What I really liked about the ColoradoWeigh program was that the nutritionist actually took our food diaries and reviewed them, giving us helpful hints to get rid of unnecessary calories and hidden fat grams. She also emphasized the importance of not thinking about weight loss as an “x-week program” – conscious, intentional eating just has to be a way of life.
Exercising For Weight Loss
Another component of the ColoradoWeigh program was counting steps with a pedometer. We just wore the pedometer for the first week and figured out the daily average. Then for each week of the program the daily average was increased by 500 steps. The goal was to get to at least 10,000. I had no problem meeting that goal and my secret weapon was the road bike I bought in May.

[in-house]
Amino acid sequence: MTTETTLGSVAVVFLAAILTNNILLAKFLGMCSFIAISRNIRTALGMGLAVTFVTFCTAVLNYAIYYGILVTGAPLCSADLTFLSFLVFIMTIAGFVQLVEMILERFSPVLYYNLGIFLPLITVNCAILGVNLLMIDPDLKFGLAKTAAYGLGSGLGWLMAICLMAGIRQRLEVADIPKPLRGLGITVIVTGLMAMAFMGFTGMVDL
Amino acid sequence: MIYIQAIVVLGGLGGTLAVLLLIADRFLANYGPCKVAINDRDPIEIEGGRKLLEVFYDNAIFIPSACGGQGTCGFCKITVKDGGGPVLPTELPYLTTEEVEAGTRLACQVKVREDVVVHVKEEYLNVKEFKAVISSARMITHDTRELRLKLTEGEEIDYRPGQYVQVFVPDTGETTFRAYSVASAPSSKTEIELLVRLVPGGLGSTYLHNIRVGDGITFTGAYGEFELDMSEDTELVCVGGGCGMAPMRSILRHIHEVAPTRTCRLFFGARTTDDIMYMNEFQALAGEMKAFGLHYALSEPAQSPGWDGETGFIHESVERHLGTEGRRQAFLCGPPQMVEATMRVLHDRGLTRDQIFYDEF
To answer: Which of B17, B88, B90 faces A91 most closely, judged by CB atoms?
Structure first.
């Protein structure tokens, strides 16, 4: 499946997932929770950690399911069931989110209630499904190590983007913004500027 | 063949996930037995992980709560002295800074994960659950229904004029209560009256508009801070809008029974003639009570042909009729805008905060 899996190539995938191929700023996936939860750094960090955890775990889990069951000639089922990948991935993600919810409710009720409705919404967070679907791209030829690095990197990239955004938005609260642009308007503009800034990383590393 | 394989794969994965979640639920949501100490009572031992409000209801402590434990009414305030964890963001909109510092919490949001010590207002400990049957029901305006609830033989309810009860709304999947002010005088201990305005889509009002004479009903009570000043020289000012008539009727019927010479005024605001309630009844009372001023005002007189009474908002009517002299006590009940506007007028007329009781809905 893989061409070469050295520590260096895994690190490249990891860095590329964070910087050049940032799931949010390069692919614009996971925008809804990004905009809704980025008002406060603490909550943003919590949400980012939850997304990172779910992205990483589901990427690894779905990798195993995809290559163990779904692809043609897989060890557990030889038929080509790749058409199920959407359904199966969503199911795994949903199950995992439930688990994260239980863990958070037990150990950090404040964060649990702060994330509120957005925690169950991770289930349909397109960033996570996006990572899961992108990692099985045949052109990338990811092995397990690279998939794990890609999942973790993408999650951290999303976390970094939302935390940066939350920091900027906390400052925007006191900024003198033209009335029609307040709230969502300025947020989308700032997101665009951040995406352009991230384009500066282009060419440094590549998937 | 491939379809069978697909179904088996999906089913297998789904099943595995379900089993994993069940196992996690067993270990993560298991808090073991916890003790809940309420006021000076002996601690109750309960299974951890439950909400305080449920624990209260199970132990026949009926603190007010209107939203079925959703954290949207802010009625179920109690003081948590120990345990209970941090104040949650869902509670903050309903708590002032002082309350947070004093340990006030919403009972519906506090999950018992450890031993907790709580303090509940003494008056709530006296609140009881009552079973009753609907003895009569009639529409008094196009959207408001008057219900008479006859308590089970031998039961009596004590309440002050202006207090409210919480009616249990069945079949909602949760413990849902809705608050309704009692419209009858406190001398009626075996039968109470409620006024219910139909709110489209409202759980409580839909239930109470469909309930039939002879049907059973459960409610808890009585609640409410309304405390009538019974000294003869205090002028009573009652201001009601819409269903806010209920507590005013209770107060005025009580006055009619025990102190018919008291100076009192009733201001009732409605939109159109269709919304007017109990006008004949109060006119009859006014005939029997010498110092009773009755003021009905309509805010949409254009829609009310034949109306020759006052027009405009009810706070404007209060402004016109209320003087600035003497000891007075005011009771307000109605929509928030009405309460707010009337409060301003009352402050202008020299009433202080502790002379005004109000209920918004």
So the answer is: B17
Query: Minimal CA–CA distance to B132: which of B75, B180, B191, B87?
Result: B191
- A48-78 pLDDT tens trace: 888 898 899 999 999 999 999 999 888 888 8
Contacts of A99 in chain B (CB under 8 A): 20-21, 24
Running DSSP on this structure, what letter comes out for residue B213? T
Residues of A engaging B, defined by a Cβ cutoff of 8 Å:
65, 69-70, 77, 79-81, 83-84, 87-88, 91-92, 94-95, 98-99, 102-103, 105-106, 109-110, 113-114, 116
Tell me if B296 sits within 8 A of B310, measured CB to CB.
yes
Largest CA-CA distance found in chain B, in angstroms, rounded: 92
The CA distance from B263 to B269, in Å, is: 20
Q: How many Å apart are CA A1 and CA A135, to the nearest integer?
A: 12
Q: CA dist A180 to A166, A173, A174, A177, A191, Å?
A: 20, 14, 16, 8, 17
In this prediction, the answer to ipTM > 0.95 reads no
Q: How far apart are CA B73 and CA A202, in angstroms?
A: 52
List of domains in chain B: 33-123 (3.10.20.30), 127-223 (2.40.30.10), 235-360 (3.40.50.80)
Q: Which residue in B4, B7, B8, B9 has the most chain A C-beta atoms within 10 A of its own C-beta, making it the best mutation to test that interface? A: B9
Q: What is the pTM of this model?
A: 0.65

I’ve had a mountain bike/cruiser for many years but never really rode regularly. For the last couple of years I’d toyed with the idea of a road bike – I couldn’t see myself riding the mountain passes like the pro-riders do here but cycling around the country roads, out in the open seemed like something I could enjoy. When I saw that a local bike store was having a sale I took the plunge. It was definitely more of an impulse purchase so not the smartest way to shop but I have no regrets.
I’ve gone from not riding at all to riding maybe two or three times a week. I even completed my very first organized bike ride this past weekend – 51-miles! The amazing thing about cycling for me is that it doesn’t seem like exercise. I find myself thinking about whether I can squeeze in a ride rather than “I should go ride.” Even better, it doesn’t leave me feeling physically beat.